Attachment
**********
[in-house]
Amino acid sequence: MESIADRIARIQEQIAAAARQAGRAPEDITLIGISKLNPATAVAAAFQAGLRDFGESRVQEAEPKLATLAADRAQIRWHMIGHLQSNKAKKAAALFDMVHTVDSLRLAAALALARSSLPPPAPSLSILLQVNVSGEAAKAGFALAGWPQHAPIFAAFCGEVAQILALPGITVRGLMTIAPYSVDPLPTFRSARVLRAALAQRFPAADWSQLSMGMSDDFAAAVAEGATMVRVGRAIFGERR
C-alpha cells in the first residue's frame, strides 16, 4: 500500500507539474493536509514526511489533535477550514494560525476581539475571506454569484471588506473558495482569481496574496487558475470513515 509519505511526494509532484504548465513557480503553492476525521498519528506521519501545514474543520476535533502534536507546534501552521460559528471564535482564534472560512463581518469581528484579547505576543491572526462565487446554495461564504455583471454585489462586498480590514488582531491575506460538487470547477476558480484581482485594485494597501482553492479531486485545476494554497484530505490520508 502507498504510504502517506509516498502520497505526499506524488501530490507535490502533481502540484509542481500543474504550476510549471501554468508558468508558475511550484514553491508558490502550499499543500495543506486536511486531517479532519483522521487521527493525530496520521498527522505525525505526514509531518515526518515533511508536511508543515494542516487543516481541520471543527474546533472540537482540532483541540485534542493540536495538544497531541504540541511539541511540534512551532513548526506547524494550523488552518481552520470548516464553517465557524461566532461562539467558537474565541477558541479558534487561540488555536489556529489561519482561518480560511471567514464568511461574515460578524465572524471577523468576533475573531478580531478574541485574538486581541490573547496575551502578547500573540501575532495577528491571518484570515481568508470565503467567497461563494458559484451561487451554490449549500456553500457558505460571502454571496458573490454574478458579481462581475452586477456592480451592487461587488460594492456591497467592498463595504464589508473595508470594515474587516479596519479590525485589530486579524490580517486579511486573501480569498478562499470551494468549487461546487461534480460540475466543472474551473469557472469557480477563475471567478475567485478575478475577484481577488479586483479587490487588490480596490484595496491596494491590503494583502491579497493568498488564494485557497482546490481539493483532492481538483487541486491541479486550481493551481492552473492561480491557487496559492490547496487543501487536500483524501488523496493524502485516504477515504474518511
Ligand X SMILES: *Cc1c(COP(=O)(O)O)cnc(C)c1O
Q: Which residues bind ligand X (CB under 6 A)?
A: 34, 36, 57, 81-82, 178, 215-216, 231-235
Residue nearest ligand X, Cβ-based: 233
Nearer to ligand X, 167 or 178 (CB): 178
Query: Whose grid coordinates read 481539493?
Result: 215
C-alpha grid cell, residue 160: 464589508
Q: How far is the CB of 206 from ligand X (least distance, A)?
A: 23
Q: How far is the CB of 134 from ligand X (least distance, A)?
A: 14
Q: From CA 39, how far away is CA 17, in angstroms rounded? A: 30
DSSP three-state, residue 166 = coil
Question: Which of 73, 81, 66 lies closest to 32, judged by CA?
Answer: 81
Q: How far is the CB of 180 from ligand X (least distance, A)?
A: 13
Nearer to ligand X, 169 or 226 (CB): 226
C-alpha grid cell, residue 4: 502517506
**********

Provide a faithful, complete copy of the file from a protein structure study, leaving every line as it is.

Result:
[in-house]
Amino acid sequence: MESIADRIARIQEQIAAAARQAGRAPEDITLIGISKLNPATAVAAAFQAGLRDFGESRVQEAEPKLATLAADRAQIRWHMIGHLQSNKAKKAAALFDMVHTVDSLRLAAALALARSSLPPPAPSLSILLQVNVSGEAAKAGFALAGWPQHAPIFAAFCGEVAQILALPGITVRGLMTIAPYSVDPLPTFRSARVLRAALAQRFPAADWSQLSMGMSDDFAAAVAEGATMVRVGRAIFGERR
C-alpha cells in the first residue's frame, strides 16, 4: 500500500507539474493536509514526511489533535477550514494560525476581539475571506454569484471588506473558495482569481496574496487558475470513515 509519505511526494509532484504548465513557480503553492476525521498519528506521519501545514474543520476535533502534536507546534501552521460559528471564535482564534472560512463581518469581528484579547505576543491572526462565487446554495461564504455583471454585489462586498480590514488582531491575506460538487470547477476558480484581482485594485494597501482553492479531486485545476494554497484530505490520508 502507498504510504502517506509516498502520497505526499506524488501530490507535490502533481502540484509542481500543474504550476510549471501554468508558468508558475511550484514553491508558490502550499499543500495543506486536511486531517479532519483522521487521527493525530496520521498527522505525525505526514509531518515526518515533511508536511508543515494542516487543516481541520471543527474546533472540537482540532483541540485534542493540536495538544497531541504540541511539541511540534512551532513548526506547524494550523488552518481552520470548516464553517465557524461566532461562539467558537474565541477558541479558534487561540488555536489556529489561519482561518480560511471567514464568511461574515460578524465572524471577523468576533475573531478580531478574541485574538486581541490573547496575551502578547500573540501575532495577528491571518484570515481568508470565503467567497461563494458559484451561487451554490449549500456553500457558505460571502454571496458573490454574478458579481462581475452586477456592480451592487461587488460594492456591497467592498463595504464589508473595508470594515474587516479596519479590525485589530486579524490580517486579511486573501480569498478562499470551494468549487461546487461534480460540475466543472474551473469557472469557480477563475471567478475567485478575478475577484481577488479586483479587490487588490480596490484595496491596494491590503494583502491579497493568498488564494485557497482546490481539493483532492481538483487541486491541479486550481493551481492552473492561480491557487496559492490547496487543501487536500483524501488523496493524502485516504477515504474518511
Ligand X SMILES: *Cc1c(COP(=O)(O)O)cnc(C)c1O
Q: Which residues bind ligand X (CB under 6 A)?
A: 34, 36, 57, 81-82, 178, 215-216, 231-235
Residue nearest ligand X, Cβ-based: 233
Nearer to ligand X, 167 or 178 (CB): 178
Query: Whose grid coordinates read 481539493?
Result: 215
C-alpha grid cell, residue 160: 464589508
Q: How far is the CB of 206 from ligand X (least distance, A)?
A: 23
Q: How far is the CB of 134 from ligand X (least distance, A)?
A: 14
Q: From CA 39, how far away is CA 17, in angstroms rounded? A: 30
DSSP three-state, residue 166 = coil
Question: Which of 73, 81, 66 lies closest to 32, judged by CA?
Answer: 81
Q: How far is the CB of 180 from ligand X (least distance, A)?
A: 13
Nearer to ligand X, 169 or 226 (CB): 226
C-alpha grid cell, residue 4: 502517506